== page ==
A guide to cycling in the New Forest

A guide to cycling in the New Forest

The New Forest in Hampshire is one of England’s greatest wildlife jewels and a great location for cycling. Here are five New Forest cycling routes ranging from family friendly trips, suitable for all ages and cycling abilities to some longer and slightly more challenging routes which you could ride over a couple of days.

The New Forest is one of the biggest remaining areas of unenclosed pasture, heathland and forest in Southern England, it’s good to bear in mind that cycling isn’t allowed everywhere, read the New Forest Cycling Code for more details.

You can download the GPX files of each route at the end of the page. 

The old railway Brockenhurst 


Cycling in Brockenhurst
  • Distance: 5 miles (8km)
  • Duration: 1-2 hours
  • Difficulty: Beginners

Brockenhurst is considered one of the prettiest villages in the New Forest and this route is particularly popular due to its flat, level sections of gravel track running along a disused railway line in the village.The nature and length of this route makes it perfect for smaller children as its not too taxing for little legs to manage.

There are a multitude of tea rooms and pubs along the way including: The Cider Pantry, The Station House Tea Rooms and The Rising Sun. All of which are perfect for a swift snack and drink before carrying on your way.

You can also spot 3,000 beautiful wild New Forest ponies on either side of the abandoned train lines as you cycle along.

The Deer Sanctuary, Burley to Acres Down Farm


Deer Sanctuary in The New Forest
  • Distance: 12 miles (19km)
  • Duration: 2-3 hours
  • Difficulty: Beginner

This easy to navigate route is a great choice for families, especially those with slightly older children that can cope with the 12-mile trip. It’s mostly over gravel tracks, meaning you get the best opportunity to view the wildlife in its natural setting. The track strikes out north from Burley across Blackensford Brook and onto Bratley Water, gently ascending to Bolderwood Deer Sanctuary, and eventually continues down to Acres Down Farm (where you can indulge in a cream tea).

If you need to stop along the way for a breather, bathroom breaks or refreshments you can visit a few different pubs such as: The Trusty Servant Inn and The New Forest Inn.

The Royal Oak Ride, Gorley and Fritham


Royal Oak
  • Distance: 32 miles (51.5km)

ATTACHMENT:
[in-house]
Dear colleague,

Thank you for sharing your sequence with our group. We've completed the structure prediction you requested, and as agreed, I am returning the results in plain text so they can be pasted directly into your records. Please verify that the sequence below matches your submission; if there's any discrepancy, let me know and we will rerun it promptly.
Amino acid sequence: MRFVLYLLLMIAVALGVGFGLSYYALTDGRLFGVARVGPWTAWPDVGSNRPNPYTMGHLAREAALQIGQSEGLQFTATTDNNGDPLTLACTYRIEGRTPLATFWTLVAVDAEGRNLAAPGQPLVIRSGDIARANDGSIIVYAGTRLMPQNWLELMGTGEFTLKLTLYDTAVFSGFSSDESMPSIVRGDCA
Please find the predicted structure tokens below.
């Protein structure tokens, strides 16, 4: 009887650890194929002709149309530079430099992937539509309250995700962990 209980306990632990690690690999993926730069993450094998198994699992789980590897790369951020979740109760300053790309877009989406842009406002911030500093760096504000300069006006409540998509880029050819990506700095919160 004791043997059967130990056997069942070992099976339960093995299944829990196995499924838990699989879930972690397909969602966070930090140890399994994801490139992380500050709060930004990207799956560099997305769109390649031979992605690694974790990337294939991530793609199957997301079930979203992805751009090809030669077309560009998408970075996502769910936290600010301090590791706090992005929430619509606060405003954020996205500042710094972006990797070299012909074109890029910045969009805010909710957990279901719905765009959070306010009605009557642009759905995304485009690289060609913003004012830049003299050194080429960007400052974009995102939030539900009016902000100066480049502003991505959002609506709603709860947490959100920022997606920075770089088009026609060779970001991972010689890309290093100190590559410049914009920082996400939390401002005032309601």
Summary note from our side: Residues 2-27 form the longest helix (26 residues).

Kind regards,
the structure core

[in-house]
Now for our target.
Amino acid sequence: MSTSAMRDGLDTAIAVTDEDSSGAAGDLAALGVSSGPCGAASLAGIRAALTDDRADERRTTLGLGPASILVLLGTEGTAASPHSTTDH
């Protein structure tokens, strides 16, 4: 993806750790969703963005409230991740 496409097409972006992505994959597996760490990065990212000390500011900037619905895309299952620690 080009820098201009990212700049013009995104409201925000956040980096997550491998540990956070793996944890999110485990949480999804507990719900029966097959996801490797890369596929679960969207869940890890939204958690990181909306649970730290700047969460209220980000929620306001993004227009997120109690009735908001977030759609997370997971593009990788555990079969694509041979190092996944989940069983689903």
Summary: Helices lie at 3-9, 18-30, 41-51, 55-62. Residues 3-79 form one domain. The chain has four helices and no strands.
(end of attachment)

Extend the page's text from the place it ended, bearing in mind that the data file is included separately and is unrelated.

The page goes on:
• Duration: 4-5 hours
  • Difficulty: Experienced

A route not for the faint hearted, this trail is based out on the north western boundary of the national park and generally considered to be one of the most challenging. It’s probably best you only attempt this trail if you’re an experienced cyclist. But it’s easy enough to find your way back to Burley with a smartphone GPS or even a simple local tourist map.

The payoff for this challenging trip is the excellent mix of country lanes, off-road cycling trails and quiet villages dotted between, all of which boast traditional pubs with excellent food, such as: The Royal Oak in Fritham, Foresters Arms & The Royal Oak in North Gorley, and The Alice Lisle.

This longer route might benefit from a couple of days to complete it and an overnight stay in a local holiday park, cottage or cycle friendly B&B.

Villages, views and vales


Views and vales cycling route in The New Forest

  • Distance: 15 miles (24km)
  • Duration: 4-5 hours
  • Difficulty: Moderate

We have listed this route as moderate, as whilst it’s almost solely on paved roads, which means the cycling itself is easier throughout, there’s more traffic to navigate. 

This circular, planned trail provides an interesting cross-section of the south Burley side of the New Forest, taking riders through some of the park’s smallest villages. 

The not to be sniffed at 15-mile ride allows you to view a myriad of pretty villages, pubs and tearooms, such as: The Queens Head, The Burley Inn, The Three Tuns, The Crown, The Carpenter's Arms and The Lamb Inn. 

GPX route and download 
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